The first event contained here is a surprisingly good, off-line stereo
recording (the disc credits "two mikes in the showroom") of the midnight
gig from August 20, 1973. Why this show is included from a label that has
set a precedent for soundboard-only releases is a mystery. The program is
fairly standard -- Elvis is evidently bored with the Vegas routine, as
reviews from this time indicate. As usual, his classic fifties numbers are
rushed through, some shoved into that horrific "medley" found in official
form on the Memphis '74 live album. The fluffy version of "Release Me"
here pales in comparison to the version he burned onto recording tape just
three years prior, while "Mystery Train"/"Tiger Man" just limps along.
There's virtually no sparkle or energy in what he's doing. He simply
doesn't want to be there!
A few rarities appear in the set, including "Trouble" (which doesn't touch
his raw 1968 TV special re-recording or the 1958 original), "My Boy"
(nearly four months before his Memphis studio recording, utilizing the
exact same arrangement) and "Help Me Make It Through The Night". My
favorite moments feature Bob Hope, who was in the audience that Monday
evening, when Elvis references him in song ("I saw Bob Hope, with
bald-headed Sally ...") and salutes him from the stage. Hope gets a twenty
Before disc two swings into a crazed summer night in Kansas City, we're at
MGM's Stage 1 in Culver City, CA for a look into a pre-Vegas rehearsal
session from July 15, 1970. Remember in Jerry Hopkin's "Elvis" biography,
when Elvis' musicians referred to him doing rock songs off the top of his
head? This is it. All tracks are go, from the risqué "Stagger Lee" ("I
got three hungry kids and a very horny wife ... screw Stagger Lee!") and a
brief take on the folk standard "Cottonfields" to the four minute jam on
Muddy Waters' "I Got My Mojo Working" and the absolutely absurd "A Spanish
Folksong" (released on the 70's box in edited form as "Alla En El Rancho
Grande" -- play this one for non-Elvis friends and watch their faces).
Elvis worked a lot in 1974, maybe too much. He didn't make it into a
recording studio the entire year, but jumped onto a stage 155 times!
Coming near the end of a 25 date tour, the contrast between playing before
10,000 screaming fans rather than a sedate Vegas crowd of 2,000 is jarring.
The show is ragged but Elvis is in a great mood so everything flows. This
might be the most enjoyable concert in this box: while joking around after
"C.C. Rider" he goes into brief renditions of "When My Blue Moon Turns To
Gold Again" and "Blue Christmas" before kicking off "I Got A Woman"! It
feels like a hot, wild summer night -- when some girls apparently place a
huge stuffed gorilla on the stage and Elvis jokes "don't you move, you big
sum bitch ... " the audience roars. There aren't any real song surprises,
but then again, there aren't any hints of the on-stage problems to come in
1974, either. One wonders what happened to Elvis between this tour and his
Las Vegas stand in August?
The May to July 1975 appearances represent the last of the primarily
up-tempo live Elvis Presley experience -- producer Felton Jarvis observed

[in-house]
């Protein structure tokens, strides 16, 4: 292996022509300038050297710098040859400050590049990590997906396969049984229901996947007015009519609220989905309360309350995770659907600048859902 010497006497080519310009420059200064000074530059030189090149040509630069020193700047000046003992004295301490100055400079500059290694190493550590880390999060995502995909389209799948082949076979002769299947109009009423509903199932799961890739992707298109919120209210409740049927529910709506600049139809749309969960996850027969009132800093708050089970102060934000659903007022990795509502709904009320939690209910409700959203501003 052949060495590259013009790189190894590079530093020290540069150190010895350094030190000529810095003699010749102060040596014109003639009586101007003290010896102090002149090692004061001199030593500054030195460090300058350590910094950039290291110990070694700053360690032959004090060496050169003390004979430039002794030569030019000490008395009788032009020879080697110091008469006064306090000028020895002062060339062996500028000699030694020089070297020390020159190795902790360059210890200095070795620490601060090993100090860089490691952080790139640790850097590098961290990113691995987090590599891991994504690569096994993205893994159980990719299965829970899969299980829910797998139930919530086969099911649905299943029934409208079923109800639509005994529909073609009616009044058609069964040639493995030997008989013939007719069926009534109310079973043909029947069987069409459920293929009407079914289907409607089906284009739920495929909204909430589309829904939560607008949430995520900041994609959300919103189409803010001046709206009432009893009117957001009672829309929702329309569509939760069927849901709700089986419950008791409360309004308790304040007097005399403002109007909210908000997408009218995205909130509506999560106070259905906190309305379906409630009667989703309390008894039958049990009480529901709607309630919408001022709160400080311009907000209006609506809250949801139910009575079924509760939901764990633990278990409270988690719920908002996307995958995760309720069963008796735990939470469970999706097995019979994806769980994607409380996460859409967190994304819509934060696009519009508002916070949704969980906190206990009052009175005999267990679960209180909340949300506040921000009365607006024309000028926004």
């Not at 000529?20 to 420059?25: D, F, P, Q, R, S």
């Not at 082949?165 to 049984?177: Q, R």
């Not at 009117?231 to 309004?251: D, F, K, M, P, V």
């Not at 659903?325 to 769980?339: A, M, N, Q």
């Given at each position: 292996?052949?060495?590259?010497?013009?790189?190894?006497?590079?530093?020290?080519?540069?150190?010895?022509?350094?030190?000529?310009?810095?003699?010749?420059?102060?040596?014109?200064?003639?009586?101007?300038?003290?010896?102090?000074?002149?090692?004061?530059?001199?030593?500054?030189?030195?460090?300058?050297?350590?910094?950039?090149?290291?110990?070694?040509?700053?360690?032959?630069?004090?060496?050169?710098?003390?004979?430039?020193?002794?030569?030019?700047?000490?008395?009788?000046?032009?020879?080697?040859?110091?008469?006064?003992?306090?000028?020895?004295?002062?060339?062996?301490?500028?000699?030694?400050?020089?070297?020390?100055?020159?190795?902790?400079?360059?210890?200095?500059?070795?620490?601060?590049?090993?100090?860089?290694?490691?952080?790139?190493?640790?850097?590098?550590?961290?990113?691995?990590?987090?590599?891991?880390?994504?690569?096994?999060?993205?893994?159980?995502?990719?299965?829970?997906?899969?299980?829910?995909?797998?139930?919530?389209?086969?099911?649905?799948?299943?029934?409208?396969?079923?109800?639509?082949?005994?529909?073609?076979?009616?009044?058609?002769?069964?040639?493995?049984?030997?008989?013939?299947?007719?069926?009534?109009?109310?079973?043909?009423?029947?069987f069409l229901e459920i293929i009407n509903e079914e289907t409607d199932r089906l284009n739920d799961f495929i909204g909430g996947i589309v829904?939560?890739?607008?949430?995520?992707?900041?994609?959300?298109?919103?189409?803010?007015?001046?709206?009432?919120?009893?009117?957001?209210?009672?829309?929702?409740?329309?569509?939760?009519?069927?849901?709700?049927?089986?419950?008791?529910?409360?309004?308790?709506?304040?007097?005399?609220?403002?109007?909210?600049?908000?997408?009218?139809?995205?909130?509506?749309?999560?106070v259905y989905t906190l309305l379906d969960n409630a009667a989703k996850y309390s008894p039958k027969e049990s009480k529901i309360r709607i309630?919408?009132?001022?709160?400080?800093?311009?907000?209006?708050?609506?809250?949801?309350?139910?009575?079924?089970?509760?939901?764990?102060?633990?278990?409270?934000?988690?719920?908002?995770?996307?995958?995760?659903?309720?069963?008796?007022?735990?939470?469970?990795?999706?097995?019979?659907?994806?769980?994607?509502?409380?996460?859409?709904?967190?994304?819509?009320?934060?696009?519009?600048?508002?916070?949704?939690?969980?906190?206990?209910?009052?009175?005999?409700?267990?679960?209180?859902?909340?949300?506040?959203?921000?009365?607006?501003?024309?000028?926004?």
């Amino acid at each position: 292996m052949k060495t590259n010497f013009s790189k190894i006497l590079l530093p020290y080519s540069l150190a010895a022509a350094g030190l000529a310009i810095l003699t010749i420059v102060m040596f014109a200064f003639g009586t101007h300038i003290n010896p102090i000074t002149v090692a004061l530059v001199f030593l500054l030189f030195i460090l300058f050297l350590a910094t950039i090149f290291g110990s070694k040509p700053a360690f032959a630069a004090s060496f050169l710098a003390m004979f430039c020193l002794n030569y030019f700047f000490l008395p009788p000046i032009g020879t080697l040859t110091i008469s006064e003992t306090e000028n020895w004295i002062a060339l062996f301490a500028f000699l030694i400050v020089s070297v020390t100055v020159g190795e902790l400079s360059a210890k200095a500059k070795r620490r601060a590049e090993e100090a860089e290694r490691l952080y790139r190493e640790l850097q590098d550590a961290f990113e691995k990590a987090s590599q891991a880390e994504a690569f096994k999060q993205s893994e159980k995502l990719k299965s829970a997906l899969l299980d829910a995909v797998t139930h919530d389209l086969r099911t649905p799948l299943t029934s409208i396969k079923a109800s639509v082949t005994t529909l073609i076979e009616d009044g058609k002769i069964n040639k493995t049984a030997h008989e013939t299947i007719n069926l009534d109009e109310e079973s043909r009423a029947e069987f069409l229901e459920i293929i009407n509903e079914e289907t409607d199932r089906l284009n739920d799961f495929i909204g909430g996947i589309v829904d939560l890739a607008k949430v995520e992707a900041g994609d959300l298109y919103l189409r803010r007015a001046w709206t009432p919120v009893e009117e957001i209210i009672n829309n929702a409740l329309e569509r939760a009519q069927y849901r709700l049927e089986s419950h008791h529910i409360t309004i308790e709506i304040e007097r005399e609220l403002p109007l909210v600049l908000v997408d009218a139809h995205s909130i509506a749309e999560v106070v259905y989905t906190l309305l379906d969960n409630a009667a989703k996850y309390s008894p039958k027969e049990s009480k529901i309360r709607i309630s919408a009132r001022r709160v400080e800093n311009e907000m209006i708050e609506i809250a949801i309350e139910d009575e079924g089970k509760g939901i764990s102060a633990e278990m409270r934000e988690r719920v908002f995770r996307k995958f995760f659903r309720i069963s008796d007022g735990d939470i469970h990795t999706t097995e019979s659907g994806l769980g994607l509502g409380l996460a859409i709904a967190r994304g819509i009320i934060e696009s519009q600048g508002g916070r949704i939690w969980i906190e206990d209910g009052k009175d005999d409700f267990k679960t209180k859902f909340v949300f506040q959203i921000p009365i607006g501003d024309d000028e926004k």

around this time that Elvis seemed to be getting more interested in doing
rock material, although this would be short-lived. The May 4th tape, which
disc three presents, is from Lake Charles, LA and is quite similar to the
June '75 amalgam found on "Elvis Aron Presley". He initially sounds a bit
tired (it's his second show that Sunday), but the Civic Center crowd brings
out some nice performances, including a nice T-R-O-U-B-L-E (a hit in the
90's for country act Travis Tritt) and a pretty "I'll Remember You".
Although the initial two songs were not caught on tape the third one was, a
rare stab at the Cajun-influenced Hank Williams classic "Jambalaya". It's
cute, but trivial -- barely a minute long it contains too much of Charlie
Less than four months from death, Elvis is on stage at the Crisler Arena in
Ann Arbor, MI with some inspired moments. Amidst the pain and loss of
ability, disc four includes a great "You Gave Me A Mountain", and a
surprisingly robust "Trying To Get To You". An impassioned "Hurt" is done
with reprise, although his voice isn't really up to it. As usual for 1977,
he just sounds so damn tired! Prior to "Little Sister" someone yells out
for "Blue Hawaii" and Elvis tries to run it down, but pianist Tony Brown
doesn't know it ("Do somethin' Tony ... right or wrong, it don't matter!")
This April 24th evening is where RCA took "Unchained Melody" and "Little
Darlin'" from, overdubbing a rhythm section and placing both cuts on the
'Moody Blue' long player. Here they are presented as performed, which
means Elvis solo at the piano for "Unchained Melody". He does well,
although Sherrill Neilsen "doubles" the falsetto ending and Elvis claims "I
have done it better" (maybe he was thinking about the previous New Year's
in Pittsburgh?); ironically, on "Little Darlin'" he executes the falsetto
As a bonus, three songs are included from the Florida tour of February
1977; unfortunately, two feature just Sherrill Neilsen ("Danny Boy" and
"Walk With Me"). The other tune finds Presley sliding pianist Brown off
his seat (poor guy!) to play and sing a spontaneous rendition of "Blueberry
Hill" ("You are a fantastic piano player, but you are warped, son ... I'm
gonna show you how to do that"). It's a nice moment in a life that would
soon no longer have any.
Thanks are due Fort Baxter for a mostly superb look at Elvis on stage,
warts, indifference and magnificence for all to hear.
Sound rate ****